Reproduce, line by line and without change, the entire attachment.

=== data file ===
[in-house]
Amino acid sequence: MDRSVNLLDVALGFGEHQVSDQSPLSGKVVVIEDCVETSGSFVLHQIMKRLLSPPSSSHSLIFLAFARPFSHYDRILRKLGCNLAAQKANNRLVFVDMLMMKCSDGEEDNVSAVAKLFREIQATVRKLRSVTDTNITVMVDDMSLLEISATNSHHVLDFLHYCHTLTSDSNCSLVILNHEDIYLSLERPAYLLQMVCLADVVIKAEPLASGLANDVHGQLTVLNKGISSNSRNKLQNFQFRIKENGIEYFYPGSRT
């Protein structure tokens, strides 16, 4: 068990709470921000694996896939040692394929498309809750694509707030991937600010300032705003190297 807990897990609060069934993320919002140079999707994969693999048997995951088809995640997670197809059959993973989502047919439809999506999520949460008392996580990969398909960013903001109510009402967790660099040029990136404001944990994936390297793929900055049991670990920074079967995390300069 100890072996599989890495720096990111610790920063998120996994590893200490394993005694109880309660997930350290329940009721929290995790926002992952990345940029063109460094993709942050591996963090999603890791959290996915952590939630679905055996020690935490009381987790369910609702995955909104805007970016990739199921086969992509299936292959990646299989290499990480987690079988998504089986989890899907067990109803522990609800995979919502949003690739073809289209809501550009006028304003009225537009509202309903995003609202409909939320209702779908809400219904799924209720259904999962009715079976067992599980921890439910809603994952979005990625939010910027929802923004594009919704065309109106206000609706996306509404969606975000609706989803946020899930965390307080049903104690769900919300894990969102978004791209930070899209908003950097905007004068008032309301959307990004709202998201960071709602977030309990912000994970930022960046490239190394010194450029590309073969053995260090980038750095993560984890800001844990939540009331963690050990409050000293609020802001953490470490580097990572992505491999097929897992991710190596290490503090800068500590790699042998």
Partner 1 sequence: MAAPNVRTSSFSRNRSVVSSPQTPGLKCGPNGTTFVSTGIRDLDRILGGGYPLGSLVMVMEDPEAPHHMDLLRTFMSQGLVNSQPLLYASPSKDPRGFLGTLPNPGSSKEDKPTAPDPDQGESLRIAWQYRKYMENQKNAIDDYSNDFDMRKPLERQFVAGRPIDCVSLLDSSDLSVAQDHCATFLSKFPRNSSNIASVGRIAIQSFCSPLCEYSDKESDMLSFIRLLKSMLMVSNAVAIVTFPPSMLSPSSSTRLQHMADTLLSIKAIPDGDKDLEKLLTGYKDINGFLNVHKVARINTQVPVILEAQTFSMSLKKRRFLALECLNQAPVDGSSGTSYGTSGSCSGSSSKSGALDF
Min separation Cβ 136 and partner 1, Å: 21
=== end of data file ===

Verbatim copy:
[in-house]
Amino acid sequence: MDRSVNLLDVALGFGEHQVSDQSPLSGKVVVIEDCVETSGSFVLHQIMKRLLSPPSSSHSLIFLAFARPFSHYDRILRKLGCNLAAQKANNRLVFVDMLMMKCSDGEEDNVSAVAKLFREIQATVRKLRSVTDTNITVMVDDMSLLEISATNSHHVLDFLHYCHTLTSDSNCSLVILNHEDIYLSLERPAYLLQMVCLADVVIKAEPLASGLANDVHGQLTVLNKGISSNSRNKLQNFQFRIKENGIEYFYPGSRT
């Protein structure tokens, strides 16, 4: 068990709470921000694996896939040692394929498309809750694509707030991937600010300032705003190297 807990897990609060069934993320919002140079999707994969693999048997995951088809995640997670197809059959993973989502047919439809999506999520949460008392996580990969398909960013903001109510009402967790660099040029990136404001944990994936390297793929900055049991670990920074079967995390300069 100890072996599989890495720096990111610790920063998120996994590893200490394993005694109880309660997930350290329940009721929290995790926002992952990345940029063109460094993709942050591996963090999603890791959290996915952590939630679905055996020690935490009381987790369910609702995955909104805007970016990739199921086969992509299936292959990646299989290499990480987690079988998504089986989890899907067990109803522990609800995979919502949003690739073809289209809501550009006028304003009225537009509202309903995003609202409909939320209702779908809400219904799924209720259904999962009715079976067992599980921890439910809603994952979005990625939010910027929802923004594009919704065309109106206000609706996306509404969606975000609706989803946020899930965390307080049903104690769900919300894990969102978004791209930070899209908003950097905007004068008032309301959307990004709202998201960071709602977030309990912000994970930022960046490239190394010194450029590309073969053995260090980038750095993560984890800001844990939540009331963690050990409050000293609020802001953490470490580097990572992505491999097929897992991710190596290490503090800068500590790699042998």
Partner 1 sequence: MAAPNVRTSSFSRNRSVVSSPQTPGLKCGPNGTTFVSTGIRDLDRILGGGYPLGSLVMVMEDPEAPHHMDLLRTFMSQGLVNSQPLLYASPSKDPRGFLGTLPNPGSSKEDKPTAPDPDQGESLRIAWQYRKYMENQKNAIDDYSNDFDMRKPLERQFVAGRPIDCVSLLDSSDLSVAQDHCATFLSKFPRNSSNIASVGRIAIQSFCSPLCEYSDKESDMLSFIRLLKSMLMVSNAVAIVTFPPSMLSPSSSTRLQHMADTLLSIKAIPDGDKDLEKLLTGYKDINGFLNVHKVARINTQVPVILEAQTFSMSLKKRRFLALECLNQAPVDGSSGTSYGTSGSCSGSSSKSGALDF
Min separation Cβ 136 and partner 1, Å: 21